- For more information about the Goldwater Scholarship as well as other national and international scholarship, fellowship, and grant opportunities, please contact Dean Goldberg and visit the External Scholarships website.
Biochemistry major has found the ‘and’ in every stage of his Lafayette journey Twitter
By Shannon Sigafoos
Carter Brand ’25 has embraced the “power of and” at Lafayette in more ways than one.
The biochemistry major describes himself as “an ambitious student with an aim to research neurological conditions by combining expertise in biochemistry, physics, and neuroscience.” In his two years at Lafayette, however, he’s run up a list of accomplishments and accolades that keep growing.
Brand is an Excel Research Scholar, McKelvy Scholar, and Marquis Fellowship recipient. He was a member of the swimming and diving team (2021-22) and is currently a secretary of Tri Beta Biological Honor Society and a member of American Chemical Society, International Students Association, Neuroscience Club, and Physics Club.
Now, the Denver, Colo., native can add 2023 Barry Goldwater Scholarship to his impressive résumé, as Brand was one of three Lafayette students awarded the competitive scholarship this year. Brand and his peers Samantha Greenberg ’24 and Anna DiFelice ’24 are among the 413 scholars selected from an estimated pool of over 1,267 nominees from 427 academic institutions across the country.
“Carter has an intellectual ability and creativity that is enviable. His mind is constantly percolating with ideas for interdisciplinary and novel research. Nor is he afraid to approach faculty about those research ideas,” says Julia Goldberg, associate dean of advising and co-curricular programs at Lafayette. “I loved his gumption as well as his ability to engage in self-directed study while developing his hypothesis.”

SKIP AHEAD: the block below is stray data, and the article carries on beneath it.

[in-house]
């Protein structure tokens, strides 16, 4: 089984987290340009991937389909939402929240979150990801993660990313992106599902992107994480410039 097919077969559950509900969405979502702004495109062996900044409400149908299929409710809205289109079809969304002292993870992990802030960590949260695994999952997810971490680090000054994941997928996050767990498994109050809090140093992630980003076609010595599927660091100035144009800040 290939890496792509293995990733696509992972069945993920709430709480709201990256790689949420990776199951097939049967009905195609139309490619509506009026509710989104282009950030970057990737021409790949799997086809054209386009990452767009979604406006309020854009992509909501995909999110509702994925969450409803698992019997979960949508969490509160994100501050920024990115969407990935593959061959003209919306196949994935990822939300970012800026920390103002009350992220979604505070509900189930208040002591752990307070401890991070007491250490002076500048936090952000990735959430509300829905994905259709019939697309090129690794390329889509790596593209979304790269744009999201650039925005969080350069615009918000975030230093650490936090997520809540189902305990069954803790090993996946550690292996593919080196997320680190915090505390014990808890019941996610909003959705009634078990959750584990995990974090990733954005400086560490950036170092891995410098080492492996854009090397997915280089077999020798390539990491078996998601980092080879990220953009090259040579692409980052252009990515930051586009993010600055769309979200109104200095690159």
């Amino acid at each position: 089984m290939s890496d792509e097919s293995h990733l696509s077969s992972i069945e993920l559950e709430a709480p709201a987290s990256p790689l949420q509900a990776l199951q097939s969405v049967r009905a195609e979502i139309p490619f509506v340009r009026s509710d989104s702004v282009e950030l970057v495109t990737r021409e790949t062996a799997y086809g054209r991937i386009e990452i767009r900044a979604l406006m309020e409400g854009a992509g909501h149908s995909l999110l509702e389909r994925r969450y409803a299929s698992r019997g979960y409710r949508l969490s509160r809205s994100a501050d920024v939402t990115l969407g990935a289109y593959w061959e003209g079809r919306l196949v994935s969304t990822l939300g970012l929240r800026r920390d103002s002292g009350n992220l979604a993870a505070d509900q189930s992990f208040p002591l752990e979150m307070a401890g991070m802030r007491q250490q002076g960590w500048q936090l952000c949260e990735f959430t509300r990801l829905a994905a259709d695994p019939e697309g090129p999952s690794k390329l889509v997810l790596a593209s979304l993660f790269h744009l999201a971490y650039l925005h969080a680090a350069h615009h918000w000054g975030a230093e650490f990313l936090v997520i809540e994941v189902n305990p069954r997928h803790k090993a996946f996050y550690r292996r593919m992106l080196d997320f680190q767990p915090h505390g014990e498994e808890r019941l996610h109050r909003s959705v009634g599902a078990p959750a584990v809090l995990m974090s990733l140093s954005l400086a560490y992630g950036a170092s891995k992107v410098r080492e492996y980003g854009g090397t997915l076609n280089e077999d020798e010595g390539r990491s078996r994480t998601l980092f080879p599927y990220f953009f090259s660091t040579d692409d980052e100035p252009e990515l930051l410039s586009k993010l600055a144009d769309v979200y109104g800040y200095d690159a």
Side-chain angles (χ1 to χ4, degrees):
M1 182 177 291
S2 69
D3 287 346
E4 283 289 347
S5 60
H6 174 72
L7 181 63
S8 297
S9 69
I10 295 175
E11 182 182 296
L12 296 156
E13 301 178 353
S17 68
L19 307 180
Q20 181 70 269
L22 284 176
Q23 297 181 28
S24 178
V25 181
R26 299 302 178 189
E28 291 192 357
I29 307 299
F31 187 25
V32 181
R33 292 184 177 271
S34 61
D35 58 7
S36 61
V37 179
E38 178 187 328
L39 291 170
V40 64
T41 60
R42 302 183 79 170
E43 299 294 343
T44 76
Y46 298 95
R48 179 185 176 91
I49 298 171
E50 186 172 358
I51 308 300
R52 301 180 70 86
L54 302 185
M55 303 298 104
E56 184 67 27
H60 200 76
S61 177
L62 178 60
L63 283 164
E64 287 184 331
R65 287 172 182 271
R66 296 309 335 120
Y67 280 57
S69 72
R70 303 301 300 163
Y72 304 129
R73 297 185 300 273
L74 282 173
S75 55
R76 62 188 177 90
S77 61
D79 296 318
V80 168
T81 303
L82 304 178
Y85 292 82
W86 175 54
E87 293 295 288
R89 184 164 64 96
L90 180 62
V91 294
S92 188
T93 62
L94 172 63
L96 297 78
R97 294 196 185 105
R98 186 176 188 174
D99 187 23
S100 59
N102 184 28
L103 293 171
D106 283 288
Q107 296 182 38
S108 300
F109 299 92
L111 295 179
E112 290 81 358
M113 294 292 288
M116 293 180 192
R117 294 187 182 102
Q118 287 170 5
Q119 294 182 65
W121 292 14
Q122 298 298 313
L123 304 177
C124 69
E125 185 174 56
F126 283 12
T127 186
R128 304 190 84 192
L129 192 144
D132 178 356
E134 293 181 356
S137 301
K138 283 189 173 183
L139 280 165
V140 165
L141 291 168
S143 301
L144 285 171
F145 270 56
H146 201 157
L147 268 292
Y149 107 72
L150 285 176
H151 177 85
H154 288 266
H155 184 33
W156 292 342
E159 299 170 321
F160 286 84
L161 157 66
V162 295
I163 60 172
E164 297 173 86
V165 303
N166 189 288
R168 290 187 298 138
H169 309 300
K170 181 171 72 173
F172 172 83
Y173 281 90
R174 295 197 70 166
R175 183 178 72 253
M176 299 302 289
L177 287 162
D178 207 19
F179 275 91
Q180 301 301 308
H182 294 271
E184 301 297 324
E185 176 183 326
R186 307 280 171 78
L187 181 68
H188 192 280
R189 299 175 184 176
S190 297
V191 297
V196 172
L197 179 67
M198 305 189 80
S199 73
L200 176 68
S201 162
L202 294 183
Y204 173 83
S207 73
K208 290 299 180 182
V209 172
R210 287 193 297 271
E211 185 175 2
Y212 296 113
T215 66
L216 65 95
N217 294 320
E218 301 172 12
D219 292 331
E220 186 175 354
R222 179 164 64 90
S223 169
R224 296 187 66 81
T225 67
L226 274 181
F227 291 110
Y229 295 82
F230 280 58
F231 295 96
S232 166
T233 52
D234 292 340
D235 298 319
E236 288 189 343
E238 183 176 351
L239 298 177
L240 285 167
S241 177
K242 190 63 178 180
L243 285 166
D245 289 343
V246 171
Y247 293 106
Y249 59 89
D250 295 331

Brand has been involved in two major research projects. The first is a self-designed study under the mentorship of Ken Haug, associate professor of chemistry, combining physical chemistry and neuroscience to computationally analyze neurotransmitters in their excited state as a potential new form of photobiomodulation therapy–a form of light therapy that utilizes light sources for the relief of pain and inflammation. The second, under the mentorship of Michael Bertucci, assistant professor of chemistry, is focusing on peptide synthesis of probiotic and good bacteria (L.plantarum) to gain insight into how it communicates.
“I had to sum up my research into only three pages, which was especially challenging,” Brand recalls of his Goldwater application process. “The whole process was challenging, as it required me to know exactly what I want to do in the future as a sophomore with diverse interests.”
However, while studying abroad in Senegal over the winter interim–where he and his peers explored various elements of Senegalese culture–he was able to complete the application at the hotel café overlooking the beach. “Although the process was stressful,” he says, “I enjoyed being able to work on it while studying abroad at the stunning Senegalese beachside.”
Brand’s next steps include immersing himself and building connections within the Goldwater community, including attending multiple events involving this year’s scholars. He’s also going to take time to decide how to apply the Goldwater funding to his academics over the next two years.
Ultimately, his career goal is to help solve what he calls “the big questions.”
“What is consciousness? How can we cure mental illness? I hope to combine physics, chemistry, neuroscience, and philosophy to answer these questions and positively contribute to society. I plan to pursue a Ph.D. as I work toward this goal, and plan to work in a research laboratory focused on answering these questions,” he confirms. “By pushing me to challenge the status quo and my academic boundaries,, the faculty of the Chemistry Department have significantly influenced my success.”